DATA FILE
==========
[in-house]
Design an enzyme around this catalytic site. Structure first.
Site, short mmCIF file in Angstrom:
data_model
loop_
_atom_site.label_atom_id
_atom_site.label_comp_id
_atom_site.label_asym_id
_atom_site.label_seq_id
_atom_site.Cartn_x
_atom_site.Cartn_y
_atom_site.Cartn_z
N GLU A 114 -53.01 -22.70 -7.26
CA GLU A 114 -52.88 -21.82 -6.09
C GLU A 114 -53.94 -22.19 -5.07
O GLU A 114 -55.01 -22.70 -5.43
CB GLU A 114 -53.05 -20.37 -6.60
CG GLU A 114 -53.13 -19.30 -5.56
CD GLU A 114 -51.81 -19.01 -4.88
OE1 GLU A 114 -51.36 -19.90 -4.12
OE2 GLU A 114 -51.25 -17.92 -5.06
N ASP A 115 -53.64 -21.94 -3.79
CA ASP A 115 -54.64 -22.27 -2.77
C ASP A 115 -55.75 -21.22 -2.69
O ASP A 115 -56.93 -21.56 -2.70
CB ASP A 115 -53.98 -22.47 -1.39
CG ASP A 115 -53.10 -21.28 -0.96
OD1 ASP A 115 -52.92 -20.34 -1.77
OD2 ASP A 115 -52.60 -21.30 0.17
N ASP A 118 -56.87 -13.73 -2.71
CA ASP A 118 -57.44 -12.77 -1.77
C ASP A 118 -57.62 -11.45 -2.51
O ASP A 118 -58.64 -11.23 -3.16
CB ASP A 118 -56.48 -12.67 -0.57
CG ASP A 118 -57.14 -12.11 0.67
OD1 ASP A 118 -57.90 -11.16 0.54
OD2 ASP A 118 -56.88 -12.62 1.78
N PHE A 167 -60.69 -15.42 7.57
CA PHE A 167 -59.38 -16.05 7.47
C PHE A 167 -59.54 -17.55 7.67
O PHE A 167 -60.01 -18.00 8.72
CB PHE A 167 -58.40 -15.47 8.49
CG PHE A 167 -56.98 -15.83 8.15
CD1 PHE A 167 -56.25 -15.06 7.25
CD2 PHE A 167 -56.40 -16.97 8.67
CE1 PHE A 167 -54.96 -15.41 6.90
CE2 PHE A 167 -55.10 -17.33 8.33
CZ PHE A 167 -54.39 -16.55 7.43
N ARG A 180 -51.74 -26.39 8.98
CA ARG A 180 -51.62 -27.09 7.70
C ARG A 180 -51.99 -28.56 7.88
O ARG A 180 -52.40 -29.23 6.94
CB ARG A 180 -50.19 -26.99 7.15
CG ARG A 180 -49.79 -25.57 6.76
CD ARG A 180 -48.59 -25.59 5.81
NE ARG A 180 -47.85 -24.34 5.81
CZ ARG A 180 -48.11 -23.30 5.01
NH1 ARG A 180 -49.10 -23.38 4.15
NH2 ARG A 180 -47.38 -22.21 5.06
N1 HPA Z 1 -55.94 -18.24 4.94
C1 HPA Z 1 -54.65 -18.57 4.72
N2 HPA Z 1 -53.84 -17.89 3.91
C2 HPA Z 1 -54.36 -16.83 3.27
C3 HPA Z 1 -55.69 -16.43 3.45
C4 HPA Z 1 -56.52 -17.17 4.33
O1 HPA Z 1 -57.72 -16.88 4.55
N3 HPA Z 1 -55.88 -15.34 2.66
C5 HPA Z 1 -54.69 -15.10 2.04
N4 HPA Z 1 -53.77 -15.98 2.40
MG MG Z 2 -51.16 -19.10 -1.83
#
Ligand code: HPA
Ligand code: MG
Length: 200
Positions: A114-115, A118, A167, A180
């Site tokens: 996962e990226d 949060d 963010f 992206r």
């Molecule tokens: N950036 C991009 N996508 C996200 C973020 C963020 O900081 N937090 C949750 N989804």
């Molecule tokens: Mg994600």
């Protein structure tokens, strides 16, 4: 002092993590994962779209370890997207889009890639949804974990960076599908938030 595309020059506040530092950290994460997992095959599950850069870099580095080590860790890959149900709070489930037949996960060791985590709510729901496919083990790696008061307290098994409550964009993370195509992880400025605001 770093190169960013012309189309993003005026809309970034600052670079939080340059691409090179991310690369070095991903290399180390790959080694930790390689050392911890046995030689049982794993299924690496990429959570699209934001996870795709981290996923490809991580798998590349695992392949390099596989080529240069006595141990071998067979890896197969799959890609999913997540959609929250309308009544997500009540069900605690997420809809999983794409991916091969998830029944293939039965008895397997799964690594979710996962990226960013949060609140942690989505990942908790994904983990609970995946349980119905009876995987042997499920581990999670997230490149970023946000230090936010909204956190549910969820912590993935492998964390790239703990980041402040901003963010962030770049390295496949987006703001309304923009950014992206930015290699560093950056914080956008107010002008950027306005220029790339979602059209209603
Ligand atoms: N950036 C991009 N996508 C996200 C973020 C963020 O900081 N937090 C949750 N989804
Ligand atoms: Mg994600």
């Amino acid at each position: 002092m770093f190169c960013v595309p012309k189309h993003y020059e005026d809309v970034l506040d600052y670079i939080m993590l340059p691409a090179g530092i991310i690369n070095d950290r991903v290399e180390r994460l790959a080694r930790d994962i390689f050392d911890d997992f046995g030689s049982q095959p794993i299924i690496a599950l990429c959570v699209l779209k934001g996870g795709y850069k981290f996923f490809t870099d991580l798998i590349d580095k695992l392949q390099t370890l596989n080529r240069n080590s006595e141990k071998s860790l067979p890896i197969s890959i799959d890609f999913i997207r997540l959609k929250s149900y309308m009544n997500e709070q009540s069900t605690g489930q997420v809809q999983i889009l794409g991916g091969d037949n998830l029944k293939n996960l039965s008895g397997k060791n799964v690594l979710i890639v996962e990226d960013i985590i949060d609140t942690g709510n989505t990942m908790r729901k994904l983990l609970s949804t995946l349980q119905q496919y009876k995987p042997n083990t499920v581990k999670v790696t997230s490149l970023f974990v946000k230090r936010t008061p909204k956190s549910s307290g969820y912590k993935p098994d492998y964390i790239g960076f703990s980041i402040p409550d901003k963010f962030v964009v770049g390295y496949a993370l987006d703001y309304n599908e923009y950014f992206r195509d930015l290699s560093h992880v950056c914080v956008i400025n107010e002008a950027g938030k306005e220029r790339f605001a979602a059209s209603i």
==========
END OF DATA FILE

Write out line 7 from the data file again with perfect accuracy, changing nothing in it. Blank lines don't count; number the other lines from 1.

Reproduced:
_atom_site.label_comp_id